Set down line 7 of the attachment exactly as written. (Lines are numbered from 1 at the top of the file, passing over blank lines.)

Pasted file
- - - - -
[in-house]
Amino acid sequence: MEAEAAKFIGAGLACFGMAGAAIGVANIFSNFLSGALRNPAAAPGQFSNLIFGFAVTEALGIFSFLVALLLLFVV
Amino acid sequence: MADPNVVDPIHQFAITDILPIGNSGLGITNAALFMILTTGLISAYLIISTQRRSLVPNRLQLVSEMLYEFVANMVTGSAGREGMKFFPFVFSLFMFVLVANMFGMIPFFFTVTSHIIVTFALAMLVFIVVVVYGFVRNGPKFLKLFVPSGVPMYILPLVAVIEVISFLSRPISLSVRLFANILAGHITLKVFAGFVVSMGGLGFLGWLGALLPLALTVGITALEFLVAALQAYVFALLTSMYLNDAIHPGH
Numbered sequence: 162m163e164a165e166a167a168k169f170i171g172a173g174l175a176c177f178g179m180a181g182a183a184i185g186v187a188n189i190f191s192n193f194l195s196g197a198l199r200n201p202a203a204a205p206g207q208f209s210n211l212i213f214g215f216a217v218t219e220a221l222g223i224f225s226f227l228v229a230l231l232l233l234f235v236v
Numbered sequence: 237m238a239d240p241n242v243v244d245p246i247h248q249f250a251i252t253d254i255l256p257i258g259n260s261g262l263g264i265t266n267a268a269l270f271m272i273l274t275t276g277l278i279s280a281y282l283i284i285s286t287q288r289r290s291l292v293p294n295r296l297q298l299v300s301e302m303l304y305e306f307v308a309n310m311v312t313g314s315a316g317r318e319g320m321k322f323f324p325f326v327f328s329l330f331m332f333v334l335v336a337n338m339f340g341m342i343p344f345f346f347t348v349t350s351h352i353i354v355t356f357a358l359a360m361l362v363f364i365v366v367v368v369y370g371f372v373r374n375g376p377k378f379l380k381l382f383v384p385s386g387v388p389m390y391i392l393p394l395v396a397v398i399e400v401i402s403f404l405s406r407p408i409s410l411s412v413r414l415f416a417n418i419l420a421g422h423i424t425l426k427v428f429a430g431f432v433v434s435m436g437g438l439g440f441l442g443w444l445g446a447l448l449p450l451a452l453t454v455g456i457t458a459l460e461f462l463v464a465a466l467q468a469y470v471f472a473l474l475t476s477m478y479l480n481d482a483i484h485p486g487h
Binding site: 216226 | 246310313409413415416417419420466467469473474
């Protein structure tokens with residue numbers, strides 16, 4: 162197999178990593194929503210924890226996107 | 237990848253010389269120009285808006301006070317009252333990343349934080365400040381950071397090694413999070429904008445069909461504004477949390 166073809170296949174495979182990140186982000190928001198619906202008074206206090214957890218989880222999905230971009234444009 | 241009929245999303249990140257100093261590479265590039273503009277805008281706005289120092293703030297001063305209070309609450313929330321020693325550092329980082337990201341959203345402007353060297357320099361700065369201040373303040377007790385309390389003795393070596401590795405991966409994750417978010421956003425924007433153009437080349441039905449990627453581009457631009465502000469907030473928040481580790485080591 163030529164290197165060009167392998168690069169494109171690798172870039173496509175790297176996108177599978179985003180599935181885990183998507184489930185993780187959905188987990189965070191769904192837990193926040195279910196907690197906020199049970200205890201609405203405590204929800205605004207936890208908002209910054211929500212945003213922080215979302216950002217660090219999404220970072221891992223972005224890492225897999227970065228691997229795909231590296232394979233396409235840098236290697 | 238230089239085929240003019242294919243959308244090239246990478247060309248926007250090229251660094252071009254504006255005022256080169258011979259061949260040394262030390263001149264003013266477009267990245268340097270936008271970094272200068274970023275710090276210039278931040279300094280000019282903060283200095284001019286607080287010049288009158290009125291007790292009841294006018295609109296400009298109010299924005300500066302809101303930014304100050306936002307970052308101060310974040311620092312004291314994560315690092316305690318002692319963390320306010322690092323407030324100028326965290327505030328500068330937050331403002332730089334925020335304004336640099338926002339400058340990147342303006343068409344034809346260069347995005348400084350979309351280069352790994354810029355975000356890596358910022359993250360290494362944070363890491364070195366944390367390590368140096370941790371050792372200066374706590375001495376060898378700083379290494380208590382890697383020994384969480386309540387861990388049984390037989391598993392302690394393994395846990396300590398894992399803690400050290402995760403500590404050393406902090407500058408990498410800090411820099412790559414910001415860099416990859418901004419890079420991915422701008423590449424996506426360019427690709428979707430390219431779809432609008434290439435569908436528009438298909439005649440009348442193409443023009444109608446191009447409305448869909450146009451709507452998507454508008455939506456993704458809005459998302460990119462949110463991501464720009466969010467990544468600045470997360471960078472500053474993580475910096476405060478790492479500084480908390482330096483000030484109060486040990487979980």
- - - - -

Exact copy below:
């Protein structure tokens with residue numbers, strides 16, 4: 162197999178990593194929503210924890226996107 | 237990848253010389269120009285808006301006070317009252333990343349934080365400040381950071397090694413999070429904008445069909461504004477949390 166073809170296949174495979182990140186982000190928001198619906202008074206206090214957890218989880222999905230971009234444009 | 241009929245999303249990140257100093261590479265590039273503009277805008281706005289120092293703030297001063305209070309609450313929330321020693325550092329980082337990201341959203345402007353060297357320099361700065369201040373303040377007790385309390389003795393070596401590795405991966409994750417978010421956003425924007433153009437080349441039905449990627453581009457631009465502000469907030473928040481580790485080591 163030529164290197165060009167392998168690069169494109171690798172870039173496509175790297176996108177599978179985003180599935181885990183998507184489930185993780187959905188987990189965070191769904192837990193926040195279910196907690197906020199049970200205890201609405203405590204929800205605004207936890208908002209910054211929500212945003213922080215979302216950002217660090219999404220970072221891992223972005224890492225897999227970065228691997229795909231590296232394979233396409235840098236290697 | 238230089239085929240003019242294919243959308244090239246990478247060309248926007250090229251660094252071009254504006255005022256080169258011979259061949260040394262030390263001149264003013266477009267990245268340097270936008271970094272200068274970023275710090276210039278931040279300094280000019282903060283200095284001019286607080287010049288009158290009125291007790292009841294006018295609109296400009298109010299924005300500066302809101303930014304100050306936002307970052308101060310974040311620092312004291314994560315690092316305690318002692319963390320306010322690092323407030324100028326965290327505030328500068330937050331403002332730089334925020335304004336640099338926002339400058340990147342303006343068409344034809346260069347995005348400084350979309351280069352790994354810029355975000356890596358910022359993250360290494362944070363890491364070195366944390367390590368140096370941790371050792372200066374706590375001495376060898378700083379290494380208590382890697383020994384969480386309540387861990388049984390037989391598993392302690394393994395846990396300590398894992399803690400050290402995760403500590404050393406902090407500058408990498410800090411820099412790559414910001415860099416990859418901004419890079420991915422701008423590449424996506426360019427690709428979707430390219431779809432609008434290439435569908436528009438298909439005649440009348442193409443023009444109608446191009447409305448869909450146009451709507452998507454508008455939506456993704458809005459998302460990119462949110463991501464720009466969010467990544468600045470997360471960078472500053474993580475910096476405060478790492479500084480908390482330096483000030484109060486040990487979980």